World Mental Health Day 2022: Mental Health & Gaming
Life’s been a little bit of a rollercoaster for us all the last few years. It’s safe to say it’s taken its toll on our mental health as a global community. Whilst we’ve found a safe space in video games, and in empowering you with world-class gaming accessories, we know there’s more to be done.
That’s why we’re using this space to talk about World Mental Health Day 2022. Read on to learn more about World Mental Health Day, this year’s theme, why we’re talking about it, why gaming is good for your mental health, and some games to educate yourself with.
What is World Mental Health Day?
World Mental Health Day’s overall objective is to raise awareness of mental health issues around the world. It’s designed to mobilise efforts in support of mental health, providing opportunities for those working on mental health issues to talk about their work and what more needs to be done to make mental healthcare a reality for all worldwide.
The World Federation for Mental Health and World Health Organisation envision a world in which mental health is valued, promoted and protected; where everyone has an equal opportunity to enjoy mental health and to exercise their human rights; and where everyone can access the mental healthcare they need.
What is 2022’s World Mental Health Day theme?
This year’s theme for World Mental Health Day is Make Mental Health & Well-Being for all a Global Priority.
COVID-19 has created a global crisis for mental health. With mental health services severely disrupted, treatment gaps for mental health conditions widened, and the rise in anxiety and depressive disorders at more than 25%, there’s never been a more important time to make mental health and well-being for all a global priority.
Even before the pandemic, one in eight people globally were living with a mental disorder. And with services, skills, and available funding for mental health in short supply, we must deepen the value and commitment we give to mental health as individuals and communities. Ultimately, we must strengthen mental health care so that the full spectrum of needs is met through community-based networks of accessible, affordable, and quality services and supports.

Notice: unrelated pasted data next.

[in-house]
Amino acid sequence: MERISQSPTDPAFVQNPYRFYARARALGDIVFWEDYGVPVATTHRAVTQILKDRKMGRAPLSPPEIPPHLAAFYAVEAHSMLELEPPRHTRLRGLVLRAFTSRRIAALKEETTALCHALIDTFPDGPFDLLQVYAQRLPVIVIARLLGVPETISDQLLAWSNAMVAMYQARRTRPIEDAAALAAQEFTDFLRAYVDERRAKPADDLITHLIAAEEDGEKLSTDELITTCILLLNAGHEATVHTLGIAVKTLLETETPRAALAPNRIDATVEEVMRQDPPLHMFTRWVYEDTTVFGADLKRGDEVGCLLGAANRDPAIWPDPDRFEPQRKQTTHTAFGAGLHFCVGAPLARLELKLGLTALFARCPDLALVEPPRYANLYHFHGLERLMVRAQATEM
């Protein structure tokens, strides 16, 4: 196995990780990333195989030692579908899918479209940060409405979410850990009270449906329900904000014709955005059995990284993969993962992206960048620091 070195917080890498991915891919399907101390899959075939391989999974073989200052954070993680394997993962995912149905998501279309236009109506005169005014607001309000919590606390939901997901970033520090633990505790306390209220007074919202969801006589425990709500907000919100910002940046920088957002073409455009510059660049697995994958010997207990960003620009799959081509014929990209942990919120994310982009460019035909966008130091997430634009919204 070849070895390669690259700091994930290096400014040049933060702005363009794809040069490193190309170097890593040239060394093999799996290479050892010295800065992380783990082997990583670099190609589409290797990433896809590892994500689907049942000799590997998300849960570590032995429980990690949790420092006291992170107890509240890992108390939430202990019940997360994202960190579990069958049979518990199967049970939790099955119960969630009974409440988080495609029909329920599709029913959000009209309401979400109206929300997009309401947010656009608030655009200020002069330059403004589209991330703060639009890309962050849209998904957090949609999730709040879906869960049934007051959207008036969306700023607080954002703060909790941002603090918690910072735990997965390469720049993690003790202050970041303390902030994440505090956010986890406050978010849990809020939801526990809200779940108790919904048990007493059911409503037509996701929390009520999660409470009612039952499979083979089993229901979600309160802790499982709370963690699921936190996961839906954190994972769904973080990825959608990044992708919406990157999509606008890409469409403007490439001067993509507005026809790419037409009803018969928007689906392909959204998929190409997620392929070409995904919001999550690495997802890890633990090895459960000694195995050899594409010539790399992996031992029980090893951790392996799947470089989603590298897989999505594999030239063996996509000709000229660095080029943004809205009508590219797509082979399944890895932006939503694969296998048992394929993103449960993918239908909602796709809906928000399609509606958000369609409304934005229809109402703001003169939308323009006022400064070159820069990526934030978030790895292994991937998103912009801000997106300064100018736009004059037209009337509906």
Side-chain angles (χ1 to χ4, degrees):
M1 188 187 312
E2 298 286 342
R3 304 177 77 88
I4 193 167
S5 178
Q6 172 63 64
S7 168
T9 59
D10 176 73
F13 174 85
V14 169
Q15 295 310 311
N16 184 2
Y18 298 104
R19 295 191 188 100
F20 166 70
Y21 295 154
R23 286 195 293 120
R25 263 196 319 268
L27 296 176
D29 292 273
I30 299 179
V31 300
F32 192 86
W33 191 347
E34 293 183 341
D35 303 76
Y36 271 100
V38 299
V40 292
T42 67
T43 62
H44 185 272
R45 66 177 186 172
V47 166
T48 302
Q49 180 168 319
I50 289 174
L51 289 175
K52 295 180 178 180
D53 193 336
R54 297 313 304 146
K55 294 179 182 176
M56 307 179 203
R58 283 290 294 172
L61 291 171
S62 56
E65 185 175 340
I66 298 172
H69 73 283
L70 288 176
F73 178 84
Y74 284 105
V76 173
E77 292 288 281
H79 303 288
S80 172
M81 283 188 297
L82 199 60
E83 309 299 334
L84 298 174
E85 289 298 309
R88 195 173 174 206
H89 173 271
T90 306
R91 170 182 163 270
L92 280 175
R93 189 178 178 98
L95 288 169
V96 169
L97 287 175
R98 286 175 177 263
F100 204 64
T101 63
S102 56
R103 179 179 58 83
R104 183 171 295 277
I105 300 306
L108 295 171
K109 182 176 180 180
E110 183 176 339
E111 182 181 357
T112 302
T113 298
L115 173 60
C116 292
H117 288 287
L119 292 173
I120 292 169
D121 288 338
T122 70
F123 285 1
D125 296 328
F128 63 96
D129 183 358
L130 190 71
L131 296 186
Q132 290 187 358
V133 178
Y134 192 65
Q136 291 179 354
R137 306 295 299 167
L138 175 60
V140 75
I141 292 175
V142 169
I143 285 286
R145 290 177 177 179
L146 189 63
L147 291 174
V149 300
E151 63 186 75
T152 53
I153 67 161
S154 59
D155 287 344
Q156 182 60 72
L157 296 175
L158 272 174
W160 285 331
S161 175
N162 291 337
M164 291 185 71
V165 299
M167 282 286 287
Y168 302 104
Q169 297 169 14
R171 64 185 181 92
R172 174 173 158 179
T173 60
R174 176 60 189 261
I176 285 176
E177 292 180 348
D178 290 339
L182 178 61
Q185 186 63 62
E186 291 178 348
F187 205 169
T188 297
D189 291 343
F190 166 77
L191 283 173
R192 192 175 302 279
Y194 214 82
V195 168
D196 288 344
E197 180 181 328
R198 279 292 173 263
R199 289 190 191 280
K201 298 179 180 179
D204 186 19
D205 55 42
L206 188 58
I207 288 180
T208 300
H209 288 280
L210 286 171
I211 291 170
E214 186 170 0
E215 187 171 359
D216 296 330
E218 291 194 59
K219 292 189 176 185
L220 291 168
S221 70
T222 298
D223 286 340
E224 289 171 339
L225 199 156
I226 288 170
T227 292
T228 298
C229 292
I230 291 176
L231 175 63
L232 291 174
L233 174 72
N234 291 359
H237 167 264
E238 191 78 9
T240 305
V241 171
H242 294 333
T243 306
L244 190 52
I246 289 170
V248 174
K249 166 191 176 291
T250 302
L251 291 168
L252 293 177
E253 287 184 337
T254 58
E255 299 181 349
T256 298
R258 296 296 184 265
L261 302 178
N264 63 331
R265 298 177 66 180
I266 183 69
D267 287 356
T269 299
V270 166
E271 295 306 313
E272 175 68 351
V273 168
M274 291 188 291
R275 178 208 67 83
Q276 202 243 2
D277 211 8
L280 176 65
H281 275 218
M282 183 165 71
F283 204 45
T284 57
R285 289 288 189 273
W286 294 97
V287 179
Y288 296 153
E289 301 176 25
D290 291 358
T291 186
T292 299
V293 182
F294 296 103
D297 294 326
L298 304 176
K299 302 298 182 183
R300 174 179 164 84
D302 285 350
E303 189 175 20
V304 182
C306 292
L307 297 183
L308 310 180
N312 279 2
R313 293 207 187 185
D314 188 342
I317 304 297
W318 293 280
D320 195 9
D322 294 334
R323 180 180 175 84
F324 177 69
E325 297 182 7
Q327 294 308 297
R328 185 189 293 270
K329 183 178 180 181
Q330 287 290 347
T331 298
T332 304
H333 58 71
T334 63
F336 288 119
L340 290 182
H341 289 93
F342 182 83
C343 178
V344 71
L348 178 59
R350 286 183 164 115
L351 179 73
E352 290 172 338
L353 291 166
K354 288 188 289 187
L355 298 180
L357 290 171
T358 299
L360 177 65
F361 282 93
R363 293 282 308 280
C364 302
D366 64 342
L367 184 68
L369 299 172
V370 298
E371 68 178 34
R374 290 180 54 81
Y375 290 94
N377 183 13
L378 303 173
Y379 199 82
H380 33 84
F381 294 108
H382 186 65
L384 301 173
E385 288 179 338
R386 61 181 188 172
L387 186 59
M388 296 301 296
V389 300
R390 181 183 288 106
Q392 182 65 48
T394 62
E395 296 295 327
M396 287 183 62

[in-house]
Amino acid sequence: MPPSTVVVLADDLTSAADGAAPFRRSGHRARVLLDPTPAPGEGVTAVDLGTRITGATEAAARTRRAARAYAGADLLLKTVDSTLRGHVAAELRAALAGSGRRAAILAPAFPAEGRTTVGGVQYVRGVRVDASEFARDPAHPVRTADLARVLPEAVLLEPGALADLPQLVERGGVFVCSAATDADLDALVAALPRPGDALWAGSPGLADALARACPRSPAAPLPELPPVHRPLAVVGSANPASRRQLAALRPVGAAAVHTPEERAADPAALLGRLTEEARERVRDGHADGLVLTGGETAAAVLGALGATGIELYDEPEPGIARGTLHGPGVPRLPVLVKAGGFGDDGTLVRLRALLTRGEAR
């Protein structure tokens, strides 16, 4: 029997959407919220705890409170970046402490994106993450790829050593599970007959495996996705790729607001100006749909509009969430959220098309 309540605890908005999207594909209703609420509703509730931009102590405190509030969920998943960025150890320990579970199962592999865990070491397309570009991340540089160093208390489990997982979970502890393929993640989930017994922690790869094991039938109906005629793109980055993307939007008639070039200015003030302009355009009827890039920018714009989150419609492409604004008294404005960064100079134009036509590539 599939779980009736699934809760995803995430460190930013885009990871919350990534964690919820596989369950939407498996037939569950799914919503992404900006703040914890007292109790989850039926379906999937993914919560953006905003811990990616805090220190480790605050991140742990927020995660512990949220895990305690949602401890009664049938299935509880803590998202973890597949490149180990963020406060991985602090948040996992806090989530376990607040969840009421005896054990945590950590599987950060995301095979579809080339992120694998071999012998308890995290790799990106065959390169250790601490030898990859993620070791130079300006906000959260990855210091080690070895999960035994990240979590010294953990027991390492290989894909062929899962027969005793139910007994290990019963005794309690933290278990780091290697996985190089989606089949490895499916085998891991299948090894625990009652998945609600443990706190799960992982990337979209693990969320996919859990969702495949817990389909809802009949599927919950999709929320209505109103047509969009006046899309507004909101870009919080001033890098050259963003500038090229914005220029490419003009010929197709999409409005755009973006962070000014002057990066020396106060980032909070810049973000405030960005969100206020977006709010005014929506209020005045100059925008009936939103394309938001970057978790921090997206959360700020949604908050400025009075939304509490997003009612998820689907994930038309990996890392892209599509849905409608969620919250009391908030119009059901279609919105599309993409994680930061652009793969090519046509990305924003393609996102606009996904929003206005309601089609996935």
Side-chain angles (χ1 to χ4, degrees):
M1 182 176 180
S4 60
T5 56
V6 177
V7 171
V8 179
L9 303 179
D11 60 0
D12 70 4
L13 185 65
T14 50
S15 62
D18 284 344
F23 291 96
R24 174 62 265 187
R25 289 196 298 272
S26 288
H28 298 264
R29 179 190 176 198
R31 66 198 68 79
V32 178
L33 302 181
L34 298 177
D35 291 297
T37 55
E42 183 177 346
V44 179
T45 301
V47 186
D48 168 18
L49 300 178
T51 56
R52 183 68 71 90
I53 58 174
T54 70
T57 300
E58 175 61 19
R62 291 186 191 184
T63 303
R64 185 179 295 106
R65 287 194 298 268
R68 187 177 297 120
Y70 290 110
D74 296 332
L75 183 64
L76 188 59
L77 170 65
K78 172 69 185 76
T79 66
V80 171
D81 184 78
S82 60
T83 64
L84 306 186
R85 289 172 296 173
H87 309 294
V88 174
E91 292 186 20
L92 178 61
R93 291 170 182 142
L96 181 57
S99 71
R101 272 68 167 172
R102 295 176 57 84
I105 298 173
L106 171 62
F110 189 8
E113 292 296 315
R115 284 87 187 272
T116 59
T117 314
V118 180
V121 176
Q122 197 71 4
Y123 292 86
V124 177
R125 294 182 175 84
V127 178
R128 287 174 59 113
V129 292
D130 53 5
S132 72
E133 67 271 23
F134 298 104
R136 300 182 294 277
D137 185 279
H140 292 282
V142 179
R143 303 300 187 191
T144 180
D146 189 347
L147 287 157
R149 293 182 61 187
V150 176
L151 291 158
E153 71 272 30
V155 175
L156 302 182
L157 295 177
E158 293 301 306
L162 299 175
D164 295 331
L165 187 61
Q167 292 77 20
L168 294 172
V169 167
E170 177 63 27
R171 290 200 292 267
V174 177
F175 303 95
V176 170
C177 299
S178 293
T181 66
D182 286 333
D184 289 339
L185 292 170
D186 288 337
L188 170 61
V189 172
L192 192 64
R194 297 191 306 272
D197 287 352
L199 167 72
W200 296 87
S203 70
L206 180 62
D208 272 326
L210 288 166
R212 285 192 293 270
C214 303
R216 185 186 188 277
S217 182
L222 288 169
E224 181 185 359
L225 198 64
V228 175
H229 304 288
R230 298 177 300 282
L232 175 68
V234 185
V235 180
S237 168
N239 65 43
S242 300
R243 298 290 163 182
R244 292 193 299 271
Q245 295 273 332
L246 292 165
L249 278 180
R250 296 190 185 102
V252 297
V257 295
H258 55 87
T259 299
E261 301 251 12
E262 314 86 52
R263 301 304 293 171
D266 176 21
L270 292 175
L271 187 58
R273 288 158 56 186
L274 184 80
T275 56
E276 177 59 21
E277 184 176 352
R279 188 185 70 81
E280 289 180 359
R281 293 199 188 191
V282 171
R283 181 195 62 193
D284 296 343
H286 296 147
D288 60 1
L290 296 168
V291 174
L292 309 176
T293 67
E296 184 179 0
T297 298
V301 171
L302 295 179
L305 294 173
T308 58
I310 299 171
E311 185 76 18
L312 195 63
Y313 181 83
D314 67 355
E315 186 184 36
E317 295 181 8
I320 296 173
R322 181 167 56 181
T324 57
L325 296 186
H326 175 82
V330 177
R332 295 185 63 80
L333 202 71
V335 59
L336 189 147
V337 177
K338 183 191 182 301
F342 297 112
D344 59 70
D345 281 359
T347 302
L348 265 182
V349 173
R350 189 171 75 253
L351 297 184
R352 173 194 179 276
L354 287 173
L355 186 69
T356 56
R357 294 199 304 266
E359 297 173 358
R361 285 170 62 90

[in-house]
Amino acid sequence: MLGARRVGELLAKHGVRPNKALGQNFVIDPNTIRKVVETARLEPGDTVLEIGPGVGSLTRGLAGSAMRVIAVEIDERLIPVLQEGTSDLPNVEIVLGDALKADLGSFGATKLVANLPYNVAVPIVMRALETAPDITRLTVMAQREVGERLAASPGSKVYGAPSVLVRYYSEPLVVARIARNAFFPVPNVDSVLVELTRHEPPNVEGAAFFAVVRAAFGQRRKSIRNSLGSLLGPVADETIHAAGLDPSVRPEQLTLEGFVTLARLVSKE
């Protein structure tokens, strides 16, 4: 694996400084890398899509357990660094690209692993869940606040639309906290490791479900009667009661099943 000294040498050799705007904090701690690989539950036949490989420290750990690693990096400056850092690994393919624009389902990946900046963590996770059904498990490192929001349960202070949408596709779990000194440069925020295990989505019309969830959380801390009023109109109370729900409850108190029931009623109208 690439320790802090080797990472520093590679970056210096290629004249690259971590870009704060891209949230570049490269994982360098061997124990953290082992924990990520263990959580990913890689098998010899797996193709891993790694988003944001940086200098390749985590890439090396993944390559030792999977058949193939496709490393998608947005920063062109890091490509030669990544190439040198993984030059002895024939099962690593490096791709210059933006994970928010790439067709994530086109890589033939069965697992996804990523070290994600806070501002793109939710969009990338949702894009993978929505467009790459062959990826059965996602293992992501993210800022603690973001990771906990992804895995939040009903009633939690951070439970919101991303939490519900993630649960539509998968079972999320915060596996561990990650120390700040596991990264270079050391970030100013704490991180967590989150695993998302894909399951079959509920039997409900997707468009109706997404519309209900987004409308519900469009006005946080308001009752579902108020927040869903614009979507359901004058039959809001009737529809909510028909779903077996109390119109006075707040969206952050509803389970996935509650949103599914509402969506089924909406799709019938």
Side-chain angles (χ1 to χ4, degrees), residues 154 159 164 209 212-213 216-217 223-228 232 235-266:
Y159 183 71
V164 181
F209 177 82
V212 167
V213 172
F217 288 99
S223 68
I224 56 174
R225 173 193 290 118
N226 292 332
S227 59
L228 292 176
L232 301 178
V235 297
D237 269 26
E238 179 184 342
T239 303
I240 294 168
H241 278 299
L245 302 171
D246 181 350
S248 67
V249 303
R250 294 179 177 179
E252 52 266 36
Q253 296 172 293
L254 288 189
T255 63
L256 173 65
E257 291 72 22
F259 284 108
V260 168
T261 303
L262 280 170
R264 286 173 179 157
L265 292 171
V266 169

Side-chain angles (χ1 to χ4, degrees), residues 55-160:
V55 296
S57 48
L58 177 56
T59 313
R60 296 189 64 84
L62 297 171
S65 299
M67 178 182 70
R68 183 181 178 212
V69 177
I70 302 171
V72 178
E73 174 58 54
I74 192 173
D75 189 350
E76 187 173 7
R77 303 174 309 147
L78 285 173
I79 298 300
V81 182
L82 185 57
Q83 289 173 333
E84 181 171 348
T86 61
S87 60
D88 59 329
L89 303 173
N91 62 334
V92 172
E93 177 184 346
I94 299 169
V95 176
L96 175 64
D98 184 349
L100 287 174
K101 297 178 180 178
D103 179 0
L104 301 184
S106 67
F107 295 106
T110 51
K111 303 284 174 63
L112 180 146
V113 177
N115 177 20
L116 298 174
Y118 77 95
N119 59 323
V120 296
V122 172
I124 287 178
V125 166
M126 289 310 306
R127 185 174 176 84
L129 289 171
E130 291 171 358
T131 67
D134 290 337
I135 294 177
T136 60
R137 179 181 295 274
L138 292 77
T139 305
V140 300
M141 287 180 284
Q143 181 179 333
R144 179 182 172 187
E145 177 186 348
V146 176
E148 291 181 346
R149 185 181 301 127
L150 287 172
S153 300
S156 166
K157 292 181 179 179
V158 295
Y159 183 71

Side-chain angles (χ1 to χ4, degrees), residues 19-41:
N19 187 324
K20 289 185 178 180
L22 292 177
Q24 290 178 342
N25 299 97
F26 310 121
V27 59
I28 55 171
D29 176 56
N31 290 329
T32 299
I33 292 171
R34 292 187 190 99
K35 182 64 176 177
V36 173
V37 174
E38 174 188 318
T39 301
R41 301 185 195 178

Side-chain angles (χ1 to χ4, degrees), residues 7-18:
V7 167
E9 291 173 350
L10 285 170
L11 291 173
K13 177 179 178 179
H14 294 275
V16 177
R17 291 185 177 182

That’s why this year’s theme provides an opportunity for us to increase awareness of which preventive mental health interventions work, and to do it collectively, too.
Why are we talking about mental health?
Unless you’ve been sleeping under a bale of hay in Stardew Valley, the answer’s simple: because it’s important. We’ve been empowering gamers since 1999, and that stretches beyond LED streaming microphones and world class charging solutions; it’s about caring for our community and creating safe spaces to talk about mental health through what we love: video games.
It's not the first time we’ve touched on the topic either. If you’d like to educate yourself further, you can visit any of our blogs on:
- Gaming & Schizophrenia
- Gaming & Dementia
- Gaming & Grief
- Depression & Gaming
- Blue Monday – Gaming for Happiness
Is Gaming good for Mental Health?
It’s a tale as old as time. Too much time gaming can be bad for our brains. But like the bogeyman, it’s a little white lie our parents told us to get us to go to bed. Gaming can actually be a really helpful way to look after your mental health.